“Then he’s a slug. And not because he cheated on his wife with you. Because he doesn’t give a shit about you.”

“That’s a pretty harsh stance to take off the bat.”

When she swung into his defense, I began to doubt her top-tier credentials. Didn’t she know she was being used? For an Ivy League lawyer, reason and ethics clearly weren’t her fortes.

The thing is, not long ago, I had been Hanna — a parting of ways and a final night option of a one night stand with someone I cared about. We didn’t know when we’d see each other again, and even if we did, we’d never live in the same city again. Buried feelings were exchanged, but instead of taking up the offer to spend the night, I left.

The minute I got into the cab, I regretted leaving. But by the time I paid my fare and walked up to my apartment, I was angry. After all these years, why did it have to take leaving to tell me how he felt? Because, I realized, he didn’t actually want to be in a relationship with me. I knew that no matter what was said or what was done, I wasn’t moving for him and he wasn’t staying. End of story.

We all make silly decisions when we get caught up in love or lust, or more often, when we find ourselves in need of some sort of validation. For me, leaving was the best thing I could have done for my head and our friendship. Nothing affirms our relationship more than our once a year drink when he flies through town and our Thanksgiving phone call.

“I think you should call him to say you decided to move back so you can be together,” I finally suggested. “Let’s see how he reacts to that. And then let’s see if he’s still worth pining over.”

She called me traditional and cited my relative youth, implying I was naive. It looked like the jury had ruled and my closing argument went unnoticed.

Who am I to judge, anyway.




Only Good Girls Keep Diaries…

When did I have time to write all that?!?!!

If only good girls keep diaries, then I must be a very good girl.

“When did I ever have time to write this much?” I said to myself when, in another rainy-day induced fit of house cleaning, I uncovered over a decade’s worth of journals and diaries. Most are thick enough to be worthy of the label “tome.” Few contain content worthy of any label besides “meaningless nonsense.”

I can’t remember ever not having a book to write stuff down in. In my tween and early teen years I keep “diaries.” While most kids would sneak a flashlight under their covers to read Treasure Island (or US Weekly?) I’d make a tent and take an erasable pen to a notebook. Each entry began with the ceremonious “Dear Diary.” (I know. Right? Gag me with a spoon.)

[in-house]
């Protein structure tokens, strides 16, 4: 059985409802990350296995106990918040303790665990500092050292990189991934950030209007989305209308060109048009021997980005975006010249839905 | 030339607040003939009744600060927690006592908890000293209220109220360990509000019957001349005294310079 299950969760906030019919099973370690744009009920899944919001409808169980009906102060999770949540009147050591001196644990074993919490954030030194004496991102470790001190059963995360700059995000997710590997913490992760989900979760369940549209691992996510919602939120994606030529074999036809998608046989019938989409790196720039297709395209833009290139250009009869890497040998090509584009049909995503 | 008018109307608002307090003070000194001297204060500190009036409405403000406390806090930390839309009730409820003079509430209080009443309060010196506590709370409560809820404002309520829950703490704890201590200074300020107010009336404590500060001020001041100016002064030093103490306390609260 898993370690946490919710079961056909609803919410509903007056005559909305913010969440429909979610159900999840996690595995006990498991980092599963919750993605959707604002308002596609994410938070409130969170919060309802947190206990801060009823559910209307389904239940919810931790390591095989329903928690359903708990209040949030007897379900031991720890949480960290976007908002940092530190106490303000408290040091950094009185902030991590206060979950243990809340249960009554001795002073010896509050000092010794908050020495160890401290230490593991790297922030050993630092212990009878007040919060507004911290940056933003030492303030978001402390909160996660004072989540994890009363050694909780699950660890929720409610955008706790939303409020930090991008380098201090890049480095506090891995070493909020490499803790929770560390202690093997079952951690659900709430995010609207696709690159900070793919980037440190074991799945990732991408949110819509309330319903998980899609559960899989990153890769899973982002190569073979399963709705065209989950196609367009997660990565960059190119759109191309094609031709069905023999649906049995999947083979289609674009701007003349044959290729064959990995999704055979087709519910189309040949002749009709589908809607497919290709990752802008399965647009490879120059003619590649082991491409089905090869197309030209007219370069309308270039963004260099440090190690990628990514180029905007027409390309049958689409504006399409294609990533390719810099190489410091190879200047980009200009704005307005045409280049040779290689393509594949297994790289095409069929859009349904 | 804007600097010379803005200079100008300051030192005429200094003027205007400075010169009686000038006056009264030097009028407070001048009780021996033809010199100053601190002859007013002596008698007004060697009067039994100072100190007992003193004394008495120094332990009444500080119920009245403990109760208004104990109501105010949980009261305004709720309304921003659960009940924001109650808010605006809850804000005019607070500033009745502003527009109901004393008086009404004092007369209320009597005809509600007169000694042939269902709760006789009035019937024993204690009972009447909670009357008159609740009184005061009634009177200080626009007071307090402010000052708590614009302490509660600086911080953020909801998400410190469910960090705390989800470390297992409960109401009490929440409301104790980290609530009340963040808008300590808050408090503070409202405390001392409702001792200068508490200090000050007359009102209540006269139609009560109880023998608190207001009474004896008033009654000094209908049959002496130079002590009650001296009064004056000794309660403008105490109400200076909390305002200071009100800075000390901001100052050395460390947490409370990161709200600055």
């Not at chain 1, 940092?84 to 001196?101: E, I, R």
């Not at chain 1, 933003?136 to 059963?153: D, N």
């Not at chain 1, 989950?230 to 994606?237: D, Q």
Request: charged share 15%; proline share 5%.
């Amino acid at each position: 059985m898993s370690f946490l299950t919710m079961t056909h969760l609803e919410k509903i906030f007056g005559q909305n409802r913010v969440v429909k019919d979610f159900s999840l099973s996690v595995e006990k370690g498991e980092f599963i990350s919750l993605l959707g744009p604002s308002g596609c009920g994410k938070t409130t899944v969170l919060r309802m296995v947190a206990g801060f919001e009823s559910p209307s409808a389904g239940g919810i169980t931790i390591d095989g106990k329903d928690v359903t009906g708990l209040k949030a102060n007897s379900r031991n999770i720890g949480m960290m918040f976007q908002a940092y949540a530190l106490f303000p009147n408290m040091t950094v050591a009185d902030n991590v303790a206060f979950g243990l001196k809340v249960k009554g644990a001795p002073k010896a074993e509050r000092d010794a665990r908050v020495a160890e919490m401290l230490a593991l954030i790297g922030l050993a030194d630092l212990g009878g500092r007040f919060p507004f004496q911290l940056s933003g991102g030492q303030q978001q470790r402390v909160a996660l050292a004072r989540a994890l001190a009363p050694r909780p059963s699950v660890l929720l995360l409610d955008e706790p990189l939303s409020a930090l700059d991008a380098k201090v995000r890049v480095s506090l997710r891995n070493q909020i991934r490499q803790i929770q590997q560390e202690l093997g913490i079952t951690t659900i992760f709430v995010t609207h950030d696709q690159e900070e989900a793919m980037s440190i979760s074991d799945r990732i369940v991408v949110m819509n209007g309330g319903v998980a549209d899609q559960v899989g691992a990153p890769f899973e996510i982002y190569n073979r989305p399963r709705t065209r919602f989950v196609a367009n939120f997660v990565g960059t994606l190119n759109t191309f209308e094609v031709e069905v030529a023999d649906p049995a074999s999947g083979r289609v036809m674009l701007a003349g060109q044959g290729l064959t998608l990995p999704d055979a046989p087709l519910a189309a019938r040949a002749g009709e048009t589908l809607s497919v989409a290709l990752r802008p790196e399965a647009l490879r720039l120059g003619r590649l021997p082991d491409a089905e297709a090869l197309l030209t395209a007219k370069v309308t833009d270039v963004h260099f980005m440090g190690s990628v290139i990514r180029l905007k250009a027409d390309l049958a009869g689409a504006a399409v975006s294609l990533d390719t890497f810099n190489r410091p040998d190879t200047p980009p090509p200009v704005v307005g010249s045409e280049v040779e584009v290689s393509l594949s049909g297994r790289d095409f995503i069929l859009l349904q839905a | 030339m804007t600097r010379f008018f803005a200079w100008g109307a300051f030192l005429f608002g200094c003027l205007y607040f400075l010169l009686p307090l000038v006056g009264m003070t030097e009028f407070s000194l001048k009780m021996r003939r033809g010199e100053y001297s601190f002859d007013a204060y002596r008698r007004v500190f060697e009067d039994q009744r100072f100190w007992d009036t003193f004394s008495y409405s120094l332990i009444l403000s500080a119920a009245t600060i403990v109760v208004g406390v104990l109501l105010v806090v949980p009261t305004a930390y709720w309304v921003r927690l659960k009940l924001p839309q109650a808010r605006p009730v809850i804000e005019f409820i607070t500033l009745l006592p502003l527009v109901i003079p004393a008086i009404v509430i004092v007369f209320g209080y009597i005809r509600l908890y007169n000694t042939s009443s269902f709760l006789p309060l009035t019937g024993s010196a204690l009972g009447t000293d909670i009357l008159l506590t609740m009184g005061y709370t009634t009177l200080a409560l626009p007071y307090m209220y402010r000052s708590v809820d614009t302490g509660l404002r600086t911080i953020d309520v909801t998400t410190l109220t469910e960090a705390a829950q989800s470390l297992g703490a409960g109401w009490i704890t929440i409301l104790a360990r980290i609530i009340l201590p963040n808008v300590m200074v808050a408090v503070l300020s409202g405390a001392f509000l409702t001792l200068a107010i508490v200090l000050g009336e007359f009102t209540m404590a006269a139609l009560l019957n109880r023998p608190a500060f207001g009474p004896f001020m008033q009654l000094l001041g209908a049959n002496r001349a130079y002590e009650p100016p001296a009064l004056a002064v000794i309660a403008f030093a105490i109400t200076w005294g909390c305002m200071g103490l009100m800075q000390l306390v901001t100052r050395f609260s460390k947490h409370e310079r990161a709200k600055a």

At 16, with a driver’s license pending, college nearing,  and hormones raging, I decided daily happenings in my life might become significant enough to start treating my “personal” notebooks more seriously.

Good-bye, diary. Hello journal.

Good-bye faux letters that droned on and on about the boy who threw crayons at me in art class. Hello mini faux essays with an imposed sense of the profound… about the boy who studied with me before each calculus exam.

As a scholar, journals accounted for a third of my resources on any research project. At times it was a tedious process — reading the day-to-day accounts and musings of someone with whom I had no direct personal relationship, hoping to find gem of a detail that would prove a revelation in the history of art… Mostly, I learned what my subject liked to eat for breakfast…

In my own life, I make it a habit to sit down and read the pages of my most current journal. In doing so, I mostly discovered that meaningless nonsense is surprisingly revealing — there are life lessons to be gleaned from your unpublished, unedited, unmediated autobiography. Mistakes I made in dealing with challenging situations, mistakes I made in love, right life decisions, questionable life decisions — it was all there, laid out in my own words. My journal was my own handwritten guide to” what not to do.”

There are many reasons to keep a journal — for the sake of having memories, as a place to vent — but perhaps the best reason to have a journal is to have reminder that you’re constantly moving forward.

A journal helps you avoid repeating history...
A journal helps you avoid repeating history…